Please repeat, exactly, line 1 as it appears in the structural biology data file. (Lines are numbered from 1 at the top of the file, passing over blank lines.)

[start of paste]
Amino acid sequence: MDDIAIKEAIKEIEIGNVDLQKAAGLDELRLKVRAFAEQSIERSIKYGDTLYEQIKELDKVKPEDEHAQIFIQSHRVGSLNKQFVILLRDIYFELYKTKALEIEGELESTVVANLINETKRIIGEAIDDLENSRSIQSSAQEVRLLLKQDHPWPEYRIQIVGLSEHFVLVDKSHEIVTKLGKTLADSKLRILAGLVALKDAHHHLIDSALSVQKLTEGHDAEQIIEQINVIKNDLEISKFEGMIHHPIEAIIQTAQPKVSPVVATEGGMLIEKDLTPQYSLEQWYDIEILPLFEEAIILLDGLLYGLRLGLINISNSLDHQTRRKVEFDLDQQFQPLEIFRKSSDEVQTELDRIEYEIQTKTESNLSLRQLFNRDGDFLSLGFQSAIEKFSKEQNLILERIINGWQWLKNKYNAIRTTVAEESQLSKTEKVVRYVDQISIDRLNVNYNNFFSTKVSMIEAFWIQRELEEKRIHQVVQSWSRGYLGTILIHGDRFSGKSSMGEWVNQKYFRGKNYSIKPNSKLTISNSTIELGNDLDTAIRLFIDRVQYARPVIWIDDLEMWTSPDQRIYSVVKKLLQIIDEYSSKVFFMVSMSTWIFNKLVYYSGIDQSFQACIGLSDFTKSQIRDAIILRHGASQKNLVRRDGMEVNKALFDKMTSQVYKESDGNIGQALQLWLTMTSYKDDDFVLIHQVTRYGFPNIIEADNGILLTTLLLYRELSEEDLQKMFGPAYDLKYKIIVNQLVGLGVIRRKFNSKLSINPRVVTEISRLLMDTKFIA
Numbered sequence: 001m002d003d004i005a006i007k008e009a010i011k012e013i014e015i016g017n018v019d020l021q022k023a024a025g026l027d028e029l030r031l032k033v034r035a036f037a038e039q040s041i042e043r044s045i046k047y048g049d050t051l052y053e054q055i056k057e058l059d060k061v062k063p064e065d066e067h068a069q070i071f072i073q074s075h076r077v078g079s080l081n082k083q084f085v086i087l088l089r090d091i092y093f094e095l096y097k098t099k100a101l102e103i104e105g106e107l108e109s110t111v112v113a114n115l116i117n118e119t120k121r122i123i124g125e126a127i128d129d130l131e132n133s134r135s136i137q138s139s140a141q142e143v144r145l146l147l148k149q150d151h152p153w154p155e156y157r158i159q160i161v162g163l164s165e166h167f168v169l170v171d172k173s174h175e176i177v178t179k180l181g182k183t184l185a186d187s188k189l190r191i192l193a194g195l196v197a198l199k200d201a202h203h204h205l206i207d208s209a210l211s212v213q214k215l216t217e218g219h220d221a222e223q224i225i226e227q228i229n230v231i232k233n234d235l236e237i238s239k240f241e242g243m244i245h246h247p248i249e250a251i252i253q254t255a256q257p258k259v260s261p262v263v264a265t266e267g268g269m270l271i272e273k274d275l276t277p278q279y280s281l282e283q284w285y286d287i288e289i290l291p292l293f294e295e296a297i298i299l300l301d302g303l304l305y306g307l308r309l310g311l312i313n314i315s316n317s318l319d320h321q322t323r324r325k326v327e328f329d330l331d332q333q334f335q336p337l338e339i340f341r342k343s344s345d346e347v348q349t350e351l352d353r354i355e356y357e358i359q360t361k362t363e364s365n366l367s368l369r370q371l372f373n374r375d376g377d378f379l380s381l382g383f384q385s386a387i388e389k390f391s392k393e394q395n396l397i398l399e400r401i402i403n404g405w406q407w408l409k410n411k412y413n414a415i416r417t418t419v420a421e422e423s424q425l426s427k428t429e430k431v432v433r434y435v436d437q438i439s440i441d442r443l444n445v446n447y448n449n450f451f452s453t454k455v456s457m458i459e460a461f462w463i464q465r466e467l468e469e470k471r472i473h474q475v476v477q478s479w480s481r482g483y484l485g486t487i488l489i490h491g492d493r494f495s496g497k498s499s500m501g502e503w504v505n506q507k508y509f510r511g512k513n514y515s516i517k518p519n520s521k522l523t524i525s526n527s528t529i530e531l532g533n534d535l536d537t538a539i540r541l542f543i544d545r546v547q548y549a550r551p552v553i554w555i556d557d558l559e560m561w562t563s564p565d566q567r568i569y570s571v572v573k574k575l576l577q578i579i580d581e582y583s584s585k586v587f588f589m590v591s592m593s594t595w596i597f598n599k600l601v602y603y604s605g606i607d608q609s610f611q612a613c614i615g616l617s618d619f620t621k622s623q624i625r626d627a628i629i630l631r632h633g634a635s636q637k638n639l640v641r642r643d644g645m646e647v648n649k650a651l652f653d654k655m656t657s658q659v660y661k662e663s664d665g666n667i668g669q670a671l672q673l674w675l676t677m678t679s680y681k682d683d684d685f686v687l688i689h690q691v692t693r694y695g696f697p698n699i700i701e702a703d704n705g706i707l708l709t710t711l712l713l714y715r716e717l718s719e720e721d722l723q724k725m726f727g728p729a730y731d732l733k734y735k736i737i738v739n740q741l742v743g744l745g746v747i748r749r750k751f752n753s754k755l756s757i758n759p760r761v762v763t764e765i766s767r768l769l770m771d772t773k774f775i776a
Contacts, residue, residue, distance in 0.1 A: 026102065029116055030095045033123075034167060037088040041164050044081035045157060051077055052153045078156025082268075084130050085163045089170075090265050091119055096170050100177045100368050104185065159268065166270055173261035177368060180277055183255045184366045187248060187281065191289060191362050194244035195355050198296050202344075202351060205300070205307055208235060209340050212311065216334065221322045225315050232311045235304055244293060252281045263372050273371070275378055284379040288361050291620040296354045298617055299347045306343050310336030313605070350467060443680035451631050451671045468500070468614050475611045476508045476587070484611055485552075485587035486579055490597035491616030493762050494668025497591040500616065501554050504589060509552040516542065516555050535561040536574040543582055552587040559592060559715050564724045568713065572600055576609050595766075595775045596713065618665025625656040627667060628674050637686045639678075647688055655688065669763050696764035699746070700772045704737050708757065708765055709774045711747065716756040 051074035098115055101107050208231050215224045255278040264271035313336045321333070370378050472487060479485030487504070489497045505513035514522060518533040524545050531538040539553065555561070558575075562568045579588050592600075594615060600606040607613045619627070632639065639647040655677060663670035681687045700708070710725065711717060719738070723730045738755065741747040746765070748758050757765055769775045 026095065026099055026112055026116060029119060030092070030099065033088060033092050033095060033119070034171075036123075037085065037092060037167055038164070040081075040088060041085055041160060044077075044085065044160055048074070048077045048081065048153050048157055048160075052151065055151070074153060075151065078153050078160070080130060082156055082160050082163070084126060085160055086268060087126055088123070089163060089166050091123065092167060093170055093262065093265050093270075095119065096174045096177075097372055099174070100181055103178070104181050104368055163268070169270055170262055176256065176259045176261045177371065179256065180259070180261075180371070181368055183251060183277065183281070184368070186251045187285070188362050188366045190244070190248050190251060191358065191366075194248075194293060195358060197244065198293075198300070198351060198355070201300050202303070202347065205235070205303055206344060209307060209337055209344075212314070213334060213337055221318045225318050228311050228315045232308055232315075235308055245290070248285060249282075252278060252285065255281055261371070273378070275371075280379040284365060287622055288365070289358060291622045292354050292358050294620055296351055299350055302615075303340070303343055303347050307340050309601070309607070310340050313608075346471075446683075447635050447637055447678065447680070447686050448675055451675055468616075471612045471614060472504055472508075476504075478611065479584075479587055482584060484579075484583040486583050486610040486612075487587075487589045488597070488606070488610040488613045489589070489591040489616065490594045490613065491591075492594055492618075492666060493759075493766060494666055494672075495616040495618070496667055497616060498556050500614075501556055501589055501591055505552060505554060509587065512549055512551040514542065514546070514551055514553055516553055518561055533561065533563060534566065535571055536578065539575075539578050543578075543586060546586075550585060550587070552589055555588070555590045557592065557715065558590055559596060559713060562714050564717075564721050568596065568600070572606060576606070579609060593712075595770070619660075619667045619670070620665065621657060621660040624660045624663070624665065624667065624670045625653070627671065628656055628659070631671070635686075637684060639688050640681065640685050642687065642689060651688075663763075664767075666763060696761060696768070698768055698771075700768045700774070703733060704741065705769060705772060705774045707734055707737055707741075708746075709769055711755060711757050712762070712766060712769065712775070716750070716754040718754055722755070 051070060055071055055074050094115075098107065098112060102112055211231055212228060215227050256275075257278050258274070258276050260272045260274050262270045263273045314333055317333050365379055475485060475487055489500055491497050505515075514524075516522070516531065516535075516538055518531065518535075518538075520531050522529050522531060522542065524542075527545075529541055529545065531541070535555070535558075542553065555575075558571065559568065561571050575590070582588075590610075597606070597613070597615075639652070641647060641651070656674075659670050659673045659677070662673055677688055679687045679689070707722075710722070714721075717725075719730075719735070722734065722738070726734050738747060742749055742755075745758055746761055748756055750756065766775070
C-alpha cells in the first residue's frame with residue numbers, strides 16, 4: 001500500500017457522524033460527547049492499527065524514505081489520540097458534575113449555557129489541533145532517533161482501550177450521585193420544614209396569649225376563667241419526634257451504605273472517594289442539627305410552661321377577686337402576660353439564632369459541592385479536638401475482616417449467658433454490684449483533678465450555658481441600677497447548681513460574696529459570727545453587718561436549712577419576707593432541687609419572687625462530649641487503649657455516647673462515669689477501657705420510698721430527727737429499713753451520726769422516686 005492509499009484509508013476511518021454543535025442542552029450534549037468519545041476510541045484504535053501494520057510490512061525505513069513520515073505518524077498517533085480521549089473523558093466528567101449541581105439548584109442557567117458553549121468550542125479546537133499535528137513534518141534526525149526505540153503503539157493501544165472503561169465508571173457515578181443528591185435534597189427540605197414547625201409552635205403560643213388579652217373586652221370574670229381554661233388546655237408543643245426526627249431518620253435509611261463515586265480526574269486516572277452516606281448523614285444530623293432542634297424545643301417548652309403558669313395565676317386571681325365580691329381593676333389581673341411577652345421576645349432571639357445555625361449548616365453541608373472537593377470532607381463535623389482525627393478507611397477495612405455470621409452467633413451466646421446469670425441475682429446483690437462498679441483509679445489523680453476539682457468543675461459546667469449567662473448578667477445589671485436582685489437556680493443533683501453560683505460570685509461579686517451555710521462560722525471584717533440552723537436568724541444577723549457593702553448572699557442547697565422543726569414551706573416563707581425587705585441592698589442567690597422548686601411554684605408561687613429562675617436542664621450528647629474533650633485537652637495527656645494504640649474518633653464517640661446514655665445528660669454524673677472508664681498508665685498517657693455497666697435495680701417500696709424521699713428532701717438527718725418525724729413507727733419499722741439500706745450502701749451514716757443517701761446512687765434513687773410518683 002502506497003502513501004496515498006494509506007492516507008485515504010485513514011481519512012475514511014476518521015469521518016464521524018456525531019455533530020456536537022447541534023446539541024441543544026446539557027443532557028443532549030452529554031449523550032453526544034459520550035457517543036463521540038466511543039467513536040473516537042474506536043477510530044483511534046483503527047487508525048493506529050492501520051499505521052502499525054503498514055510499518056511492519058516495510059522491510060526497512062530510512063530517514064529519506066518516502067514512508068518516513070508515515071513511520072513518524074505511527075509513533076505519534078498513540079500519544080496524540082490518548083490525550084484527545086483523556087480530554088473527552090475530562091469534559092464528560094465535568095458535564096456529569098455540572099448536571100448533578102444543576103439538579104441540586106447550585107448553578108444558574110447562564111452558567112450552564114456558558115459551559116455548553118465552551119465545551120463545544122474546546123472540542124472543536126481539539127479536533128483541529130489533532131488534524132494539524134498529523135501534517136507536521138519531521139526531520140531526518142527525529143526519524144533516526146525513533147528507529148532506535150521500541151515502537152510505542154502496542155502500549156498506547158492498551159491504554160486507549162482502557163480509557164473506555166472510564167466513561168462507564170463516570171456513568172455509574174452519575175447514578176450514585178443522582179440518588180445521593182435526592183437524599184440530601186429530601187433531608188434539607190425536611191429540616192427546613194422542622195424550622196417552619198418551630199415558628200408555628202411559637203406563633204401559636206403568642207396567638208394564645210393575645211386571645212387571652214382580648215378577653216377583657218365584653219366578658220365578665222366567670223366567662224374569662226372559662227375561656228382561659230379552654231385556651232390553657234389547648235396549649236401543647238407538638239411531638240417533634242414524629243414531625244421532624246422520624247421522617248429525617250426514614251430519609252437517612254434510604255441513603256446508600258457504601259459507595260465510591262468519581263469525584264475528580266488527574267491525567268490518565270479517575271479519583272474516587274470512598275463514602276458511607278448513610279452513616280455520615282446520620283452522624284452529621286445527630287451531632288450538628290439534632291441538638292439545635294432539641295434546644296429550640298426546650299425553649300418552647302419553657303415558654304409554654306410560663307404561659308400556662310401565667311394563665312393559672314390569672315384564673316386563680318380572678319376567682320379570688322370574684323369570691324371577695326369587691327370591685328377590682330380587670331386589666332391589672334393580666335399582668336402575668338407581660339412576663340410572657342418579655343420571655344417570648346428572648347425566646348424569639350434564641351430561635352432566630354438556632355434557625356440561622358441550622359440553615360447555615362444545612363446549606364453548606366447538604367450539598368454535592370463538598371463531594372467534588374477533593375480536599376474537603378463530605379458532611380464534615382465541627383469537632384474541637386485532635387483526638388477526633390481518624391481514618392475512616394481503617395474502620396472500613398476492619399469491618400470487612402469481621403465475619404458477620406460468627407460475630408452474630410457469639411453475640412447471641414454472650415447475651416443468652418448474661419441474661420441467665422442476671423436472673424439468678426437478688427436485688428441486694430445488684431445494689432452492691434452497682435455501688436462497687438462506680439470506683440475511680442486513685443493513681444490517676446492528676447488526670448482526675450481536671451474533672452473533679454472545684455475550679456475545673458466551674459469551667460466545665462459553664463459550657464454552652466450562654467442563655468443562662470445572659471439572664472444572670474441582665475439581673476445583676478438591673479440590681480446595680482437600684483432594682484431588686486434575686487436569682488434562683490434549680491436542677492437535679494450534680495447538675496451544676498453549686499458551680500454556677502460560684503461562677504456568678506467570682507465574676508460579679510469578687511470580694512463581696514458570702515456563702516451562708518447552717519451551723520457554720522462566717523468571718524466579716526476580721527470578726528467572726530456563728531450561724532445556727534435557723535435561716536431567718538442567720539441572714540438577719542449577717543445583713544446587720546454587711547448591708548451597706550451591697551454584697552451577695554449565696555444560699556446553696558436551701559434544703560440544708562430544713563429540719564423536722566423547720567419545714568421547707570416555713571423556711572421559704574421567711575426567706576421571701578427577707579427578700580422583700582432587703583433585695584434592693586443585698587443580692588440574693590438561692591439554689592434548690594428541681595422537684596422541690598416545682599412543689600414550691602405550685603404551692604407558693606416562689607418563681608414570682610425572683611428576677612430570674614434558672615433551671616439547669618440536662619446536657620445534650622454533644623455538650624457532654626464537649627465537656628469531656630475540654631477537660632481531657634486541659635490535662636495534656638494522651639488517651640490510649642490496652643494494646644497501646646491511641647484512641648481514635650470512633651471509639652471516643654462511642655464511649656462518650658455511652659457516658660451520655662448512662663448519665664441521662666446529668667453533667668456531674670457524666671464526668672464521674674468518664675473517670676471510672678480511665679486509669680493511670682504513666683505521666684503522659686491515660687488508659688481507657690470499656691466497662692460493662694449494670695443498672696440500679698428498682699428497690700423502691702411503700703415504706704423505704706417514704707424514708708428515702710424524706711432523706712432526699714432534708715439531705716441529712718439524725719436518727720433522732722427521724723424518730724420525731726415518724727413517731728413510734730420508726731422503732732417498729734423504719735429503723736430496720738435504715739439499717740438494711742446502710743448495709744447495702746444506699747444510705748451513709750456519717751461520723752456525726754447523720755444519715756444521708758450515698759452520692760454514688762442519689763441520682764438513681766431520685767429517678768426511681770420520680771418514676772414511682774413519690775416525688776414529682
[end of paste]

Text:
Amino acid sequence: MDDIAIKEAIKEIEIGNVDLQKAAGLDELRLKVRAFAEQSIERSIKYGDTLYEQIKELDKVKPEDEHAQIFIQSHRVGSLNKQFVILLRDIYFELYKTKALEIEGELESTVVANLINETKRIIGEAIDDLENSRSIQSSAQEVRLLLKQDHPWPEYRIQIVGLSEHFVLVDKSHEIVTKLGKTLADSKLRILAGLVALKDAHHHLIDSALSVQKLTEGHDAEQIIEQINVIKNDLEISKFEGMIHHPIEAIIQTAQPKVSPVVATEGGMLIEKDLTPQYSLEQWYDIEILPLFEEAIILLDGLLYGLRLGLINISNSLDHQTRRKVEFDLDQQFQPLEIFRKSSDEVQTELDRIEYEIQTKTESNLSLRQLFNRDGDFLSLGFQSAIEKFSKEQNLILERIINGWQWLKNKYNAIRTTVAEESQLSKTEKVVRYVDQISIDRLNVNYNNFFSTKVSMIEAFWIQRELEEKRIHQVVQSWSRGYLGTILIHGDRFSGKSSMGEWVNQKYFRGKNYSIKPNSKLTISNSTIELGNDLDTAIRLFIDRVQYARPVIWIDDLEMWTSPDQRIYSVVKKLLQIIDEYSSKVFFMVSMSTWIFNKLVYYSGIDQSFQACIGLSDFTKSQIRDAIILRHGASQKNLVRRDGMEVNKALFDKMTSQVYKESDGNIGQALQLWLTMTSYKDDDFVLIHQVTRYGFPNIIEADNGILLTTLLLYRELSEEDLQKMFGPAYDLKYKIIVNQLVGLGVIRRKFNSKLSINPRVVTEISRLLMDTKFIA